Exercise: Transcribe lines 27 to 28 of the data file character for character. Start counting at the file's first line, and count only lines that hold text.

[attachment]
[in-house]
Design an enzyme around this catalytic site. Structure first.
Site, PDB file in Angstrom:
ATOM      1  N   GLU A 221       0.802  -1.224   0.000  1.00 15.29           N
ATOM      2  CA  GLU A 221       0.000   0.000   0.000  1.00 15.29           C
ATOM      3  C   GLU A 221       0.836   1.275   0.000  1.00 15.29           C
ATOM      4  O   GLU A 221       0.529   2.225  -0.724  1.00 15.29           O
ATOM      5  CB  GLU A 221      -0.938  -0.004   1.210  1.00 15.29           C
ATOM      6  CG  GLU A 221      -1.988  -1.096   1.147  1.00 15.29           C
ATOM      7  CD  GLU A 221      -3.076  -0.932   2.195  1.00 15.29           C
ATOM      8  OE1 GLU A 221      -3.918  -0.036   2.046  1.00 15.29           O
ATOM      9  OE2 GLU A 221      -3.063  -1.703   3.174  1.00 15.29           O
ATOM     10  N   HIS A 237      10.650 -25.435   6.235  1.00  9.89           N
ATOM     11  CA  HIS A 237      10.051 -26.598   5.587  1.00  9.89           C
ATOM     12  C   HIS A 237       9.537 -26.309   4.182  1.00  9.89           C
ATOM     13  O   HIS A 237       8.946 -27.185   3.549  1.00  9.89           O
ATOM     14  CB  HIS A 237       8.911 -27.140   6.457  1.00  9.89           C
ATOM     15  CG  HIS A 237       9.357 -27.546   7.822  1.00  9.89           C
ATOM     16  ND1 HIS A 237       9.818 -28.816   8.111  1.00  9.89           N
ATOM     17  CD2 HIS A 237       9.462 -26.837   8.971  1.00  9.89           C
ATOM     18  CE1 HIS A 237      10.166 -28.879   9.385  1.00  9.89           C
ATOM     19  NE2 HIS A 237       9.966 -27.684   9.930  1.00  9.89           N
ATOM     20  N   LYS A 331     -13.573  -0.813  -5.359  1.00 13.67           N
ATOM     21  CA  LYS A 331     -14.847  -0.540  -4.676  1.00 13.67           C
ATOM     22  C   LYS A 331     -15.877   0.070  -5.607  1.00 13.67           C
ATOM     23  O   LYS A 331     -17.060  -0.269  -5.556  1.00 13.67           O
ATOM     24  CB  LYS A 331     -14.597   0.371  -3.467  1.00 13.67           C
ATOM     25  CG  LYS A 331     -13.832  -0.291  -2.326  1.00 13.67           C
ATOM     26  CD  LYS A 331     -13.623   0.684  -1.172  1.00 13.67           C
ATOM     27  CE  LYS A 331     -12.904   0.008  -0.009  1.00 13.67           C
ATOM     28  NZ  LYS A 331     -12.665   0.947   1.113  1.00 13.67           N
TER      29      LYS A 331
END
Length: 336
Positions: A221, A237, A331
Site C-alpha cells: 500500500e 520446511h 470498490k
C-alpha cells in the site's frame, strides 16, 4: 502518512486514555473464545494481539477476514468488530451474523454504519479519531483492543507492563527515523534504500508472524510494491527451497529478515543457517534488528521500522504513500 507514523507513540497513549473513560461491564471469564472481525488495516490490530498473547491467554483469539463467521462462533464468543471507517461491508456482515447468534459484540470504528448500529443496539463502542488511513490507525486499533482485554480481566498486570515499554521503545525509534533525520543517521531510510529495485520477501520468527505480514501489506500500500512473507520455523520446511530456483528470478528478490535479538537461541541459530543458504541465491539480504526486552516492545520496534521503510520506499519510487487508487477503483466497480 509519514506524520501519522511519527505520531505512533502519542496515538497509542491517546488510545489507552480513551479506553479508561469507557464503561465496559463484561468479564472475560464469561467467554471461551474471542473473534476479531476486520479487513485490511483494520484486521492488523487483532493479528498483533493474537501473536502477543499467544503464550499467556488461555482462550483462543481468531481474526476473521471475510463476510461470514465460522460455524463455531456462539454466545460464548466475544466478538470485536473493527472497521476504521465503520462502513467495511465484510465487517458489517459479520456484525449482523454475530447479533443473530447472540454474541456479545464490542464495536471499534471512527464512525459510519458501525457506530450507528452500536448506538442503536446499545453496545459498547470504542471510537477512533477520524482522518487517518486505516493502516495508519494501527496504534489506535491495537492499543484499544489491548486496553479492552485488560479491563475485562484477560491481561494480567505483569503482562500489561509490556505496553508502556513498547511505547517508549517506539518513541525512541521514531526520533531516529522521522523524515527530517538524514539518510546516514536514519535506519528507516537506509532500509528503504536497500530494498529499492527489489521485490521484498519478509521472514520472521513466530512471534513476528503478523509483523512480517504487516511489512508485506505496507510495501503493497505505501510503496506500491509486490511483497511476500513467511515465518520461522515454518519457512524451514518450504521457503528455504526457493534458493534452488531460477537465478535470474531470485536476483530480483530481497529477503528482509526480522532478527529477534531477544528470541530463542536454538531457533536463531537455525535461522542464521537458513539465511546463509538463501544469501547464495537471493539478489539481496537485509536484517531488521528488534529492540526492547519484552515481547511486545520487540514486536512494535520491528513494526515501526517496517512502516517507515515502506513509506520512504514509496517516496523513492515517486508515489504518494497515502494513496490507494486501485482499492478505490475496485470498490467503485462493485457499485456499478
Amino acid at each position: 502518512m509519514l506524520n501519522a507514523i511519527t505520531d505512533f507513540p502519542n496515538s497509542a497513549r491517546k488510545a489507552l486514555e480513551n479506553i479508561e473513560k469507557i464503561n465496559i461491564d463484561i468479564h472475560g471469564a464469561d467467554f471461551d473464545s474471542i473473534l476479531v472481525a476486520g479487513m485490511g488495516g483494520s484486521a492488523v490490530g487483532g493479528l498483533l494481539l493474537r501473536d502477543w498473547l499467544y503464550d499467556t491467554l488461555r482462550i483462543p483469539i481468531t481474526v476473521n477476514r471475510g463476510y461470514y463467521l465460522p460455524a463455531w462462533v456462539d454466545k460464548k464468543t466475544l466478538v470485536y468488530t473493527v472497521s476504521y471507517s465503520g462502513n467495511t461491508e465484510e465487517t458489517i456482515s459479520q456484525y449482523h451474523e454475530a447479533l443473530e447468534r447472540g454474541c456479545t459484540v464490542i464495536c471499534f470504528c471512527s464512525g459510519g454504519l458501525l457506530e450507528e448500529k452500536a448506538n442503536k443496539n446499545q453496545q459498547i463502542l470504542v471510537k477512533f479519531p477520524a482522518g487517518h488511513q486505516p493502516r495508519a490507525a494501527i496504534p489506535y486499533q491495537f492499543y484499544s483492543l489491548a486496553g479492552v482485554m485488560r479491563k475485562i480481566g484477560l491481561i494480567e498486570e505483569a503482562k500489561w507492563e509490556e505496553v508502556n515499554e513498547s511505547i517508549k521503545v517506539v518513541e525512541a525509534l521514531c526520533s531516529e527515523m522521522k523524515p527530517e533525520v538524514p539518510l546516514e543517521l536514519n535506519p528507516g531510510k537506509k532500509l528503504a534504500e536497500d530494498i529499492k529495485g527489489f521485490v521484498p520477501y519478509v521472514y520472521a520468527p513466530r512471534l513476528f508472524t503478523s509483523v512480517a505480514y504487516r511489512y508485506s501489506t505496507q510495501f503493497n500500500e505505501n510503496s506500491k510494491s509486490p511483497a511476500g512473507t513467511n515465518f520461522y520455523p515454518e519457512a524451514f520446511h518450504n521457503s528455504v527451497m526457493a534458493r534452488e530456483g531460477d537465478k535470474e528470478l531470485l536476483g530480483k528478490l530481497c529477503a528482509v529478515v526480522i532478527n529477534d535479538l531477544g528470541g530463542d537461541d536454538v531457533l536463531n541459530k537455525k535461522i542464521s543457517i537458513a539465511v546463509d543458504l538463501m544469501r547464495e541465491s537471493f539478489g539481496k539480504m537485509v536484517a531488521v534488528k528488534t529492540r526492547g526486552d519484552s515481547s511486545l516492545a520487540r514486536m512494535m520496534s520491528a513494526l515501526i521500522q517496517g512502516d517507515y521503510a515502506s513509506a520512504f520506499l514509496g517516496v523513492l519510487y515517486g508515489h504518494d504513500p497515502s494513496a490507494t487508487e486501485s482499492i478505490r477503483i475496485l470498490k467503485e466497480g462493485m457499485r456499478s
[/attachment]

ATOM     24  CB  LYS A 331     -14.597   0.371  -3.467  1.00 13.67           C
ATOM     25  CG  LYS A 331     -13.832  -0.291  -2.326  1.00 13.67           C